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CECL and Byelorussian

This is... not great. It's complex and technical, so I'll try to translate it into layman's terms.

After the 2008 financial crisis, the accounting community decided to make changes to how we measure things. The hope was that, by measuring things more accurately, we would make a future financial crisis less likely.

So they spent 12 years coming up with and implementing CECL, which requires banks to use economic models to predict what portion of their loans will eventually be uncollectable. They'll need to revisit these models each quarter. When the estimates provided by the models change, the banks will recognize paper profits or losses.

The new standards go into effect on March 31, at which point large parts of the planet will likely be under quarantine.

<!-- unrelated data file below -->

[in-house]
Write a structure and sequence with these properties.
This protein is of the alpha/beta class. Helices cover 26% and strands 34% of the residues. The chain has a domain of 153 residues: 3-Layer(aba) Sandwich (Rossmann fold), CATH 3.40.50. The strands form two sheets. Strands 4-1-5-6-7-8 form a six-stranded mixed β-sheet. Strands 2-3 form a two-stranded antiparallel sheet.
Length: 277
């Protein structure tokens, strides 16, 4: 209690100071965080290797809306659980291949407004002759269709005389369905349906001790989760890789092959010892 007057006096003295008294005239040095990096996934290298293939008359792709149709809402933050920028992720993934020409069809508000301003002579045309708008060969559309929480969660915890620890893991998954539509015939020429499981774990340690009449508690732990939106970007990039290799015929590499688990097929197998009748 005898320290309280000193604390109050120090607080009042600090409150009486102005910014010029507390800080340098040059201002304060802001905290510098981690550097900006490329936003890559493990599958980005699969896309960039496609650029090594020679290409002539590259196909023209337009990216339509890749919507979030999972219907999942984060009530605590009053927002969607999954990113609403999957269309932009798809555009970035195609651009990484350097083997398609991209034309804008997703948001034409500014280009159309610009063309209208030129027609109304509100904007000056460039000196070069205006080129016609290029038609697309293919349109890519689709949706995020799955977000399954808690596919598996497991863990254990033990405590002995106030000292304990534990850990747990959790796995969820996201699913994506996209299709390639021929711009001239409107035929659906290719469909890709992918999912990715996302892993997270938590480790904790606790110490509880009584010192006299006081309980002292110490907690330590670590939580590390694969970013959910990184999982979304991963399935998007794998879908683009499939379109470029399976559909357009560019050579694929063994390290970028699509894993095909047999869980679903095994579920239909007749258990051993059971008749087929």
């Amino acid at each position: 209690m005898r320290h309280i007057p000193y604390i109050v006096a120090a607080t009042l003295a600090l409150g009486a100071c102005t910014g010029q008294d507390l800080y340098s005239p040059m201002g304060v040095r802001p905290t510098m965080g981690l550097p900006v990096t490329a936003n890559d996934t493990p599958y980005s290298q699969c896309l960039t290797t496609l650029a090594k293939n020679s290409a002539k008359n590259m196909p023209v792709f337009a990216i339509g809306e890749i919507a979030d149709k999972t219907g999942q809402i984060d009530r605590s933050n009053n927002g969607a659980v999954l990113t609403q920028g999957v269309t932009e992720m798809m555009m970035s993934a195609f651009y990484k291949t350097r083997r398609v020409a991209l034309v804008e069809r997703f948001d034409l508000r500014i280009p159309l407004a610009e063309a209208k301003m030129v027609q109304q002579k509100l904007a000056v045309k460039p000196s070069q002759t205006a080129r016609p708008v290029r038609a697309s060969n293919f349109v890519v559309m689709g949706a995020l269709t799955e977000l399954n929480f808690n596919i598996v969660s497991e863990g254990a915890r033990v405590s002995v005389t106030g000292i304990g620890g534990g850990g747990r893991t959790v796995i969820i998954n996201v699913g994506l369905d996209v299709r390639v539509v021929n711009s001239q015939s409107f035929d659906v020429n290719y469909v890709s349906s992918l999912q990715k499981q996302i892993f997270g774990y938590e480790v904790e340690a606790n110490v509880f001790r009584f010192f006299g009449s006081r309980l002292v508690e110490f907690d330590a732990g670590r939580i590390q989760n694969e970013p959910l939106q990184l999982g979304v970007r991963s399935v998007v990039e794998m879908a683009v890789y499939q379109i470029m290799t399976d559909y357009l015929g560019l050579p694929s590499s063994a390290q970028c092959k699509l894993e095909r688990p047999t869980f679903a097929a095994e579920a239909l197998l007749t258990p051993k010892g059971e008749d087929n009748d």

This means that the first real-world application of these economic models will be situations that no economic model could have ever predicted, and that have not happened in living memory. No one will understand what they're looking at when they look at the results, because no once has ever used those results before. There's a strong possibility that the rapid, unpredictable changes in economic outlook will result in very large paper losses for the banks, which could make it difficult for them to lend, and which could hammer a stock market that may, at that point, for all we know, be in the early stages of recovery.

This is not an ideal time to be doing this. It's kind of like if you've just spent a few weeks studying Byelorussian on Duolinguo, and you think you're just about at the point where you might want to try having a simple conversation with someone in Byelorussian, and then you get taken hostage by Byelorussian terrorists and have to bargain with them for your life. It's great that you have an opportunity to practice your new language, but this is maybe not the best time for your first ever Byelorussian conversation.

Likewise, it's great that CECL is finally ready for implementation, but maybe we should hold off for a little while until we're ready to implement it.

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